It’s all about ending and continuing streaks
ISTANBUL - Hürriyet Daily News
Sivasspor players celebrate beating Fenerbahçe 2-0 in a Spor Toto Super League match at 4 Eylül Stadium in the Central Anatolian province of Sivas. Sivasspor became the first team to beat Fenerbahçe after 27 league games - a streak dating back to late 2010. DHA photoFenerbahçe fans took to social media on the night of Nov. 4 when they suffered a 2-0 Spor Toto Super League defeat against Sivasspor.
“What were we supposed to do when we get beaten?” was probably the most retweeted one. Their amnesia was not misplaced since the match was the first time Fenerbahçe had been beaten in any competitive match in 27 outings – a run dating back to late 2010. That run included winning 17 of its 18 league matches to end the 2010-11 season, allowing the club to rally past then-runaway leader Trabzonspor to clinch the national title.
Nothing’s lost now but the streak. Fenerbahçe is still in the driving seat of the league and one might even say that some defeats are liberating.
Streaks can put extra pressure on the teams’ backs: Every other team is gunning to end the streak and play with extra motivation, meaning that it can become increasingly difficult to keep the runs going. Fenerbahçe kept the streak alive with late goals or dramatic comebacks several times, but drama can wear a team down.
Their rivals will look the other way, however. They will be relieved by the fact that Fenerbahçe is not invincible at all.
And it could even be a relief for Fenerbahçe that the streak was not ended by a rival – as ending streaks can assume mythic status in rivalry folklore. Galatasaray fans still remember when their team ended Beşiktaş’s league-record run of 48 unbeaten matches in 1992. Likewise, Beşiktaş faithful still boast about ending Fenerbahçe’s 24-game winning streak at home in 2001 and accomplishing a similar feat in stopping Galatasaray’s record 25-match winning streak at home the following year. So Fenerbahçe might be happy that it was Sivasspor who did it.
It was not a derby match, but it had the significance of a matter of honor for Sivas, however, as NTV Spor columnist Barış Gerçeker pointed out. The match brought together the two teams for the first time since Fenerbahçe won 4-3 on May 22 to win the title. Only 40 days after that win, club members, including the chairmen of the two clubs, as well as Sivasspor goalkeeper Korcan Çelikay, were jailed pending trial on suspicions of match fixing.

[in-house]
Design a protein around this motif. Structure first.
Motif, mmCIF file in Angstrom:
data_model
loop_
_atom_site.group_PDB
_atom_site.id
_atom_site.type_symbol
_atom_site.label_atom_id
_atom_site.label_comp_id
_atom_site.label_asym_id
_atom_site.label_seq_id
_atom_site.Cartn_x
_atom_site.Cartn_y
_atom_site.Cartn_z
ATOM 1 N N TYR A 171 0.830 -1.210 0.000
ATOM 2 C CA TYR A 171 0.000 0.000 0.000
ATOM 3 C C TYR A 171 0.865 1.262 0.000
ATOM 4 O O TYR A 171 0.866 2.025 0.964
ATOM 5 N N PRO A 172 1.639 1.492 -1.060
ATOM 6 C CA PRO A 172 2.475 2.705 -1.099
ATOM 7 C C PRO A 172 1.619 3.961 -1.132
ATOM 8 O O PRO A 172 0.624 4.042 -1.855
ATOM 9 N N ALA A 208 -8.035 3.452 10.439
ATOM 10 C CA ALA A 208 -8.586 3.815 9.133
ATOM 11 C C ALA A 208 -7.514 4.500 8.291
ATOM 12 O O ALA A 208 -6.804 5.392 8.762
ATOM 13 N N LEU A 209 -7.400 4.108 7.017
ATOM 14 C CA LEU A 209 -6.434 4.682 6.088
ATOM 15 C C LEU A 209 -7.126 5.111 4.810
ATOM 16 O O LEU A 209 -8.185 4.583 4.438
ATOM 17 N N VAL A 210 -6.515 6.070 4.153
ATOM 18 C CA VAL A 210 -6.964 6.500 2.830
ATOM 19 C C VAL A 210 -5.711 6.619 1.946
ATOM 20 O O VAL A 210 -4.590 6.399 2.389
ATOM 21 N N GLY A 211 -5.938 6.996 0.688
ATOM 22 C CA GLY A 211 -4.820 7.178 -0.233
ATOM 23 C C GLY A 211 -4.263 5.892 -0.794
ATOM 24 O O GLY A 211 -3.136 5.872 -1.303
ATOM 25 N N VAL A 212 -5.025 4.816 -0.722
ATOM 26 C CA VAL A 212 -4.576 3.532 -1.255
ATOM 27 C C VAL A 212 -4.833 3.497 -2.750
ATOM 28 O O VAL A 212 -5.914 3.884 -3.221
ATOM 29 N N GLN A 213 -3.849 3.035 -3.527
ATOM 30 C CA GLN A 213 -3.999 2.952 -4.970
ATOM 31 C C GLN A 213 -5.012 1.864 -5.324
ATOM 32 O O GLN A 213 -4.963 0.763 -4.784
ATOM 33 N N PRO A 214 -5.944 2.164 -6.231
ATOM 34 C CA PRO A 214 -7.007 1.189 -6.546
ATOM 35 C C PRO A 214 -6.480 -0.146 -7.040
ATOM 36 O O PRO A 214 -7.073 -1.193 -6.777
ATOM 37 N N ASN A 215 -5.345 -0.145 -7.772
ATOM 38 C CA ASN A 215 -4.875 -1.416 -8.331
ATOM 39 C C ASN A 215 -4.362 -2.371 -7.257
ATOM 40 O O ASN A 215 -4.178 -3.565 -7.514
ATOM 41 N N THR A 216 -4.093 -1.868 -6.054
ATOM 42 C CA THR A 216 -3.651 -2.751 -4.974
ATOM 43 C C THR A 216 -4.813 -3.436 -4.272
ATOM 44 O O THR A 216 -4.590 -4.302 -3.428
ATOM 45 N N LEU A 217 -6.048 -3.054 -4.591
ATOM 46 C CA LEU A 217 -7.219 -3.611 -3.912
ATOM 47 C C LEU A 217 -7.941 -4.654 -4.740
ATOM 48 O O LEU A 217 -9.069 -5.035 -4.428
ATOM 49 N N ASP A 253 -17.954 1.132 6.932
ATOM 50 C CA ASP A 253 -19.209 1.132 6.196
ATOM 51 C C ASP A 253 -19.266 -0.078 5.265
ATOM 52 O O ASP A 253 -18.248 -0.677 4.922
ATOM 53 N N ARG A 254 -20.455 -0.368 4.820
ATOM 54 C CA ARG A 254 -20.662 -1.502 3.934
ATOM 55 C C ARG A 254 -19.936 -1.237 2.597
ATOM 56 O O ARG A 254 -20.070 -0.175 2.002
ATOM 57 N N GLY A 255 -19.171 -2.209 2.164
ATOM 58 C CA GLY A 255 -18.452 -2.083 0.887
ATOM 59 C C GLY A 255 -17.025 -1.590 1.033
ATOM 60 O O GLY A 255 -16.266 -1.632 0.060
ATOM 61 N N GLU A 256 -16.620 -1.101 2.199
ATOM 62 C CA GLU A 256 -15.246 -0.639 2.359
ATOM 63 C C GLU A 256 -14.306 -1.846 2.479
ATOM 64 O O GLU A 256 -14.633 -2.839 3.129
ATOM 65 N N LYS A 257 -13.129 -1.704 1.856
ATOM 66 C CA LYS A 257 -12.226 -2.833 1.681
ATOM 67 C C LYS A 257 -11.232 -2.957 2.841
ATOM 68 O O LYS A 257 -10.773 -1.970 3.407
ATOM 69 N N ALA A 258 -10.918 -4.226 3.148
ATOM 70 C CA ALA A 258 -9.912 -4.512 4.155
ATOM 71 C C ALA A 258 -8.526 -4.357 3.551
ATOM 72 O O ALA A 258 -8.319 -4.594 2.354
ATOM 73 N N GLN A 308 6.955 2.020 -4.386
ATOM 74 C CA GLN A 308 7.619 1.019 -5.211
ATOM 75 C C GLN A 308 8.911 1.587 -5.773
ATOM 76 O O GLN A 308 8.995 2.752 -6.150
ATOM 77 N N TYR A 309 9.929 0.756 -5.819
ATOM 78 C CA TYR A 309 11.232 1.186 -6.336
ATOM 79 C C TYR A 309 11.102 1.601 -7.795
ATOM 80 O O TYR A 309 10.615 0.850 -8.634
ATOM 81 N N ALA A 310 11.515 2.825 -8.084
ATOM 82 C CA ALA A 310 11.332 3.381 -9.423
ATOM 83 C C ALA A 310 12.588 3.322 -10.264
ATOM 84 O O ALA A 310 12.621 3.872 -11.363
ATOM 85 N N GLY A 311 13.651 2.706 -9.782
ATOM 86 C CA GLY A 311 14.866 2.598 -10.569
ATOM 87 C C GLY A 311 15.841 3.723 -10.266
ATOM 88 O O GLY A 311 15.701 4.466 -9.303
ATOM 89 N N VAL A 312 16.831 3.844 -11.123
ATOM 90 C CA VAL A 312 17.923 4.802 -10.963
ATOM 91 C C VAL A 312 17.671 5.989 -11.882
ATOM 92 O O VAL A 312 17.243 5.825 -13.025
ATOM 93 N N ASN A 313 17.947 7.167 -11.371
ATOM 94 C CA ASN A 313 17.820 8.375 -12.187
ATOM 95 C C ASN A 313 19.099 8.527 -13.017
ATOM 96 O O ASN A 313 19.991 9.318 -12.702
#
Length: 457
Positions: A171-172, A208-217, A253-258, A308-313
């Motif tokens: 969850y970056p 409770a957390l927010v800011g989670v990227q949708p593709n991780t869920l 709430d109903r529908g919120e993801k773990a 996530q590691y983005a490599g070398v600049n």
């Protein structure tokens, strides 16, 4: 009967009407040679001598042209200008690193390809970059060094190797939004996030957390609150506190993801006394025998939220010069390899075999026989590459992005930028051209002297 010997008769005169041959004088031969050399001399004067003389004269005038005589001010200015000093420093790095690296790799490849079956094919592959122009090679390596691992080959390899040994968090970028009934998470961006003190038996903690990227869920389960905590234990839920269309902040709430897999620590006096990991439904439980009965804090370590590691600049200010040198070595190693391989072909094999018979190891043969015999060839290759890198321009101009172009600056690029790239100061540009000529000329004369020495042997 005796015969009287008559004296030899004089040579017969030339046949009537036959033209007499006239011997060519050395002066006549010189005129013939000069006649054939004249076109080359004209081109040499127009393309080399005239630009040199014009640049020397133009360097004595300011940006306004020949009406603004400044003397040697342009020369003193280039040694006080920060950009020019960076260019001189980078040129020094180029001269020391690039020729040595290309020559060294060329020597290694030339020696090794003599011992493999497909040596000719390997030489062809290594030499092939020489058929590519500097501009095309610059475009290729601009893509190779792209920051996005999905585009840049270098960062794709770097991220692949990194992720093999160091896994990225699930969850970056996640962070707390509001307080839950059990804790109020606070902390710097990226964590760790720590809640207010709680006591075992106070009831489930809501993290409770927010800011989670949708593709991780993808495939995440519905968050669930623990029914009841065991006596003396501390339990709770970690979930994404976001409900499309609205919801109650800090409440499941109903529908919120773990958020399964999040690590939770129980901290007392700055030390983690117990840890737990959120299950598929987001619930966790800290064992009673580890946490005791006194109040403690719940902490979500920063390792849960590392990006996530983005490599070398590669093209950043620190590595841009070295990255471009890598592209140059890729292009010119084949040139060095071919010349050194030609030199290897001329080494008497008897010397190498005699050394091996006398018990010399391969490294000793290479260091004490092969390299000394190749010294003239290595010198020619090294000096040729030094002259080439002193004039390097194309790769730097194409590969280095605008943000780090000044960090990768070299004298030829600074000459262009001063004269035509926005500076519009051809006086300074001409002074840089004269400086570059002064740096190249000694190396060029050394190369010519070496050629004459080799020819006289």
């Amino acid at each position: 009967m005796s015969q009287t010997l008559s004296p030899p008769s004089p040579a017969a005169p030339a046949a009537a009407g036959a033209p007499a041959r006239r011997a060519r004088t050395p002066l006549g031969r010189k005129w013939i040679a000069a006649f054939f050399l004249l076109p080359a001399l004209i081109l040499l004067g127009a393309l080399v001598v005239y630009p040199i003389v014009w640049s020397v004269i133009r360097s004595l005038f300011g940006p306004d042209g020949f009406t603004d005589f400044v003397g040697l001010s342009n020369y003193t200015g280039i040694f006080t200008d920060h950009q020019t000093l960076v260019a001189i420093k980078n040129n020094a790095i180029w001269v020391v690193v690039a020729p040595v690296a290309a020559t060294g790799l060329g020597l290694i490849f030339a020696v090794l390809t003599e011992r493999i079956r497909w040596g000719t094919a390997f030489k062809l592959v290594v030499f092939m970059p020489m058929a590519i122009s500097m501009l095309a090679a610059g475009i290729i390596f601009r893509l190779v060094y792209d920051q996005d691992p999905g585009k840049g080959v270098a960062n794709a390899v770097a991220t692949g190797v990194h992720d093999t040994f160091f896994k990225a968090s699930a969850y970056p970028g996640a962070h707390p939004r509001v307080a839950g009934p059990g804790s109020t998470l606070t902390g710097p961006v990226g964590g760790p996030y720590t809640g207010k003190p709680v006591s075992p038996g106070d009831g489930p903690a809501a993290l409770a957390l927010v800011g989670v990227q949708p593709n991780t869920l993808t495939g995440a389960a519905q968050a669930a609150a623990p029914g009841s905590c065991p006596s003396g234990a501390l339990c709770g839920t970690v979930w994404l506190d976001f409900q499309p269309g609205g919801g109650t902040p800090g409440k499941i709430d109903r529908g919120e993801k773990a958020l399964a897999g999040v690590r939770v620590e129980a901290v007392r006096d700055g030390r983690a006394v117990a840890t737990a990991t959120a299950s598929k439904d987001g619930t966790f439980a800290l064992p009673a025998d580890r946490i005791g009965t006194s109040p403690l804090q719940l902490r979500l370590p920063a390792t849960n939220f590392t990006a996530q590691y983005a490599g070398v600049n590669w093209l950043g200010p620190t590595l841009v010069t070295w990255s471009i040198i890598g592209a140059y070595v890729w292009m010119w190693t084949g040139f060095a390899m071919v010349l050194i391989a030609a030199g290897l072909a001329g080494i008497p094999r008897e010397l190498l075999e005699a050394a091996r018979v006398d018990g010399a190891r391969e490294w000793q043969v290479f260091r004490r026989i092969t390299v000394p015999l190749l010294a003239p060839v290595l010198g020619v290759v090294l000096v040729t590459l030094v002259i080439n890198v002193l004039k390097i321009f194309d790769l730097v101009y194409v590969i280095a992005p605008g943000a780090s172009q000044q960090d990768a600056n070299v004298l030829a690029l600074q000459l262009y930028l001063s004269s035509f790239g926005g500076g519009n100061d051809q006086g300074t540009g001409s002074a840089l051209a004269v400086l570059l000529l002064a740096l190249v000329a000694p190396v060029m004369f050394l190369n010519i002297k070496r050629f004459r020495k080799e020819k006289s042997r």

Few happy top teams
But while Fener’s run finally ended, its closest league rivals had little reason to enjoy the beginning of bayram as Galatasaray, Beşiktaş, Istanbul BB, Bursaspor and Orduspor all failed to win.
There were no goals in Galatasaray vs. Mersin İdman Yurdu and Istanbul BB vs. Bursaspor games, but the fixtures were starkly different. The latter was a complete deadlock, while the former was an open encounter that could have finished 2-2 as well.
Probably the most intriguing meeting of the week was Gençlerbirliği’s dramatic comeback against Beşiktaş. The Red-Blacks looked likely to receive a pummeling after falling behind two early Beşiktaş goals, but things turned around after Beşiktaş missed a chance for a third goal. Mustafa Pektemek, a former Gençlerbirliği forward, missed a chance with only the goalkeeper to beat and Gençlerbirliği stormed back to win 4-2.
The only two clubs among the top seven to win were Trabzonspor and Manisaspor. The Kayserispor win was particularly valuable for Trabzonspor, as they jumped to second from seventh.
Unlike Fenerbahçe, Trabzonspor hitman Burak Yılmaz is continuing his streak of impressive form – he now has 13 goals in eight games, but it should have been 14; Burak launched a dazzling free kick that hit the bar and crossed the goal line, but was apparently too quick for referee Halis Özkahya to catch.
While it was all about streaks in Turkey, it was all about a winning run in England. Sir Alex Ferguson, arguably the most successful manager in the history of the game, celebrated his 25th year in the Manchester United hotseat. While Ferguson has won a total of 37 trophies at United, his consistency and success has absolutely no equal in Turkish football: During the quarter of a century that he has been in charge at Old Trafford, a total of 84 coaches have come and gone from Turkey’s elite four clubs, Fenerbahçe, Galatasaray, Beşiktaş and Trabzonspor.
Right now, Abdullah Avcı is the closest thing Turkey has to Ferguson. In his sixth season at Istanbul BB, he is enjoying the team’s best performance, but still, most of the Turkish media and fans would like to see him leave the Istanbul minnows and take his patience, talent and vision to either the Turkish national football team or a “bigger,” marquee club such as Galatasaray and Beşiktaş.
Meanwhile, Yücel İldiz, the second longest-serving coach, will now look to start a new streak after following his decision to quit his Kardemir Karabük post after three years in the wake of the weekend’s defeat to Eskişehirspor. İldiz, just like Avcı, was at the helm when his team made it to the top flight, and that consistency was likely the biggest asset helping the team survive in the Super League as a newcomer.
The top teams have so far failed to maintain coaching consistency, but this year they can dare to dream, with influential names managing the team.
Aykut Kocaman is leading Fenerbahçe and Fatih Terim is in the Galatasaray hotseat for the third time; with Şenol Güneş at Trabzonspor and Bursaspor’s Ertuğrul Sağlam also staying put, longer streaks might be on the way, but they will be a far cry from Ferguson’s feat.